These beautiful sweet peas are already flowering in my garden from self seeded plants, which have been growing all through winter.
If you grow sweet peas you must vigilantly remove dead flowers to stop them going to seed and keep your plant flowering – by doing this I have flowers May to September. But at the end of the season I allow seeds pods from the last of the flowers to develop and drop their seeds.
These sweet peas are hardy annuals that should, nonetheless (if sown in autumn) be put into a coldframe or greenhouse over winter. How on earth have mine survived outside through snow, frost and ice? The seedlings should have died in the first winter frosts!!!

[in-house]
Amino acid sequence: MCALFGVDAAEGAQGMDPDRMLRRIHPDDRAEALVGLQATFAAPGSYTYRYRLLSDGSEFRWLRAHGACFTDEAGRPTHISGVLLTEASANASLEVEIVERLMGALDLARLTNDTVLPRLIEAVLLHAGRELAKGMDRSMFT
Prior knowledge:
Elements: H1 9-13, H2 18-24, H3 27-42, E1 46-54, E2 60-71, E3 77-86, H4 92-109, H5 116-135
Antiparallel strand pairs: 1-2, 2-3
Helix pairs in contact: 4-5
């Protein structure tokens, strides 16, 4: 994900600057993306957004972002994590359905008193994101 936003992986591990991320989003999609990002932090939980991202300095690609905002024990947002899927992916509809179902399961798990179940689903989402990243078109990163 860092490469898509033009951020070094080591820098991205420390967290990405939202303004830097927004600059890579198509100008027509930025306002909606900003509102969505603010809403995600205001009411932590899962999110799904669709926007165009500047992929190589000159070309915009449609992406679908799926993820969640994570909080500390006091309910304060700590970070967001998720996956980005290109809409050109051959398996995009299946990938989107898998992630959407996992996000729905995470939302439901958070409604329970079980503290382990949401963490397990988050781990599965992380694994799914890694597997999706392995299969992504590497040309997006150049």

Firstly, when a plant grows well you can be sure it is happy where it lives – its position, exposure to sun or/and shade, the condition of the soil, everything…
Seeds which are allowed to drop and grow in the same position have a head start because they are in a place they are guaranteed to be happy as well.
But more than that, happy plants are strong plants, and the seeds inherit all that strength. It’s like a blueprint to grow well under exactly the same conditions.
Basically, seeds that drop and grow where their parents lived are tough little soldiers indeed.